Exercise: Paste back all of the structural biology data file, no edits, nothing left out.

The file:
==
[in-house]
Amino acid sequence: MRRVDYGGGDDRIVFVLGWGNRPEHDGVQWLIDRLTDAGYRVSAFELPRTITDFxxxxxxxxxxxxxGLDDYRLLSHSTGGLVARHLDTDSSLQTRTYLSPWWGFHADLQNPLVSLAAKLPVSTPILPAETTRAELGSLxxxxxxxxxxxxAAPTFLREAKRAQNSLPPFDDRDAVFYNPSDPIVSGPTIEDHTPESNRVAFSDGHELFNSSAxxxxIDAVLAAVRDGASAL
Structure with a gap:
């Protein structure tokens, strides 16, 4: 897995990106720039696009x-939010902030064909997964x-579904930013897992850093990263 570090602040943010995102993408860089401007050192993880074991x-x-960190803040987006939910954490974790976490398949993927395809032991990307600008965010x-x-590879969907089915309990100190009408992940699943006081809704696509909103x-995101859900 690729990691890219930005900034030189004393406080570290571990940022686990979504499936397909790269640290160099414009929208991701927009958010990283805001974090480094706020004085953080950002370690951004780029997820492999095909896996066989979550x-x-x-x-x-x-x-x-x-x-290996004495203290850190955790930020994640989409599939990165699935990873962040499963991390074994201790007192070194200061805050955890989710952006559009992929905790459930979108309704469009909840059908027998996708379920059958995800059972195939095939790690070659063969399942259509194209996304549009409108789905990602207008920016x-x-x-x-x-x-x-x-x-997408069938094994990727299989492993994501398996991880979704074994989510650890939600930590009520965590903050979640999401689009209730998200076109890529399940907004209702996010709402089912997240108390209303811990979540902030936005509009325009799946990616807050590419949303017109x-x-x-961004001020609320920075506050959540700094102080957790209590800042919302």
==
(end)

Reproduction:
[in-house]
Amino acid sequence: MRRVDYGGGDDRIVFVLGWGNRPEHDGVQWLIDRLTDAGYRVSAFELPRTITDFxxxxxxxxxxxxxGLDDYRLLSHSTGGLVARHLDTDSSLQTRTYLSPWWGFHADLQNPLVSLAAKLPVSTPILPAETTRAELGSLxxxxxxxxxxxxAAPTFLREAKRAQNSLPPFDDRDAVFYNPSDPIVSGPTIEDHTPESNRVAFSDGHELFNSSAxxxxIDAVLAAVRDGASAL
Structure with a gap:
């Protein structure tokens, strides 16, 4: 897995990106720039696009x-939010902030064909997964x-579904930013897992850093990263 570090602040943010995102993408860089401007050192993880074991x-x-960190803040987006939910954490974790976490398949993927395809032991990307600008965010x-x-590879969907089915309990100190009408992940699943006081809704696509909103x-995101859900 690729990691890219930005900034030189004393406080570290571990940022686990979504499936397909790269640290160099414009929208991701927009958010990283805001974090480094706020004085953080950002370690951004780029997820492999095909896996066989979550x-x-x-x-x-x-x-x-x-x-290996004495203290850190955790930020994640989409599939990165699935990873962040499963991390074994201790007192070194200061805050955890989710952006559009992929905790459930979108309704469009909840059908027998996708379920059958995800059972195939095939790690070659063969399942259509194209996304549009409108789905990602207008920016x-x-x-x-x-x-x-x-x-997408069938094994990727299989492993994501398996991880979704074994989510650890939600930590009520965590903050979640999401689009209730998200076109890529399940907004209702996010709402089912997240108390209303811990979540902030936005509009325009799946990616807050590419949303017109x-x-x-961004001020609320920075506050959540700094102080957790209590800042919302």